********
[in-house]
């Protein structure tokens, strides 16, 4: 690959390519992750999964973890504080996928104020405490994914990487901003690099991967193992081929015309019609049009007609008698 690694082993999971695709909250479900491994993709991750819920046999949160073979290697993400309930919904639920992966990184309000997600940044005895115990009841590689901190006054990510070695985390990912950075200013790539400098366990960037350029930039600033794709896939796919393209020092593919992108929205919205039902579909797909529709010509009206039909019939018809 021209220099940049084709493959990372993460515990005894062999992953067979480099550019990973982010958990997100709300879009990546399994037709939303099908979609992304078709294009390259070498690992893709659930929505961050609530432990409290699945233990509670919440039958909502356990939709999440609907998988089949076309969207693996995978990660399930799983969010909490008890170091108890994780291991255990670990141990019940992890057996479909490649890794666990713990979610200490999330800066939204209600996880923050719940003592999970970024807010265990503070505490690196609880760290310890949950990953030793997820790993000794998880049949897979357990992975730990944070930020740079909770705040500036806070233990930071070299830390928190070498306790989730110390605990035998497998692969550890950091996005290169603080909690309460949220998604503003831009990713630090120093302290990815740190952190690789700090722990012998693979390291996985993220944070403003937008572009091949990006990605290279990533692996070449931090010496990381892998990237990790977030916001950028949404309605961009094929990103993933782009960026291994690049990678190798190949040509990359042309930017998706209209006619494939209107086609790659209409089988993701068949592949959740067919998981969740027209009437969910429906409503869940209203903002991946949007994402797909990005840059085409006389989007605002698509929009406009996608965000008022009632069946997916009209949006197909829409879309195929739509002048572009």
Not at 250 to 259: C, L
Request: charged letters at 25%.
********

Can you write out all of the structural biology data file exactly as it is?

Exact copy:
[in-house]
């Protein structure tokens, strides 16, 4: 690959390519992750999964973890504080996928104020405490994914990487901003690099991967193992081929015309019609049009007609008698 690694082993999971695709909250479900491994993709991750819920046999949160073979290697993400309930919904639920992966990184309000997600940044005895115990009841590689901190006054990510070695985390990912950075200013790539400098366990960037350029930039600033794709896939796919393209020092593919992108929205919205039902579909797909529709010509009206039909019939018809 021209220099940049084709493959990372993460515990005894062999992953067979480099550019990973982010958990997100709300879009990546399994037709939303099908979609992304078709294009390259070498690992893709659930929505961050609530432990409290699945233990509670919440039958909502356990939709999440609907998988089949076309969207693996995978990660399930799983969010909490008890170091108890994780291991255990670990141990019940992890057996479909490649890794666990713990979610200490999330800066939204209600996880923050719940003592999970970024807010265990503070505490690196609880760290310890949950990953030793997820790993000794998880049949897979357990992975730990944070930020740079909770705040500036806070233990930071070299830390928190070498306790989730110390605990035998497998692969550890950091996005290169603080909690309460949220998604503003831009990713630090120093302290990815740190952190690789700090722990012998693979390291996985993220944070403003937008572009091949990006990605290279990533692996070449931090010496990381892998990237990790977030916001950028949404309605961009094929990103993933782009960026291994690049990678190798190949040509990359042309930017998706209209006619494939209107086609790659209409089988993701068949592949959740067919998981969740027209009437969910429906409503869940209203903002991946949007994402797909990005840059085409006389989007605002698509929009406009996608965000008022009632069946997916009209949006197909829409879309195929739509002048572009």
Not at 250 to 259: C, L
Request: charged letters at 25%.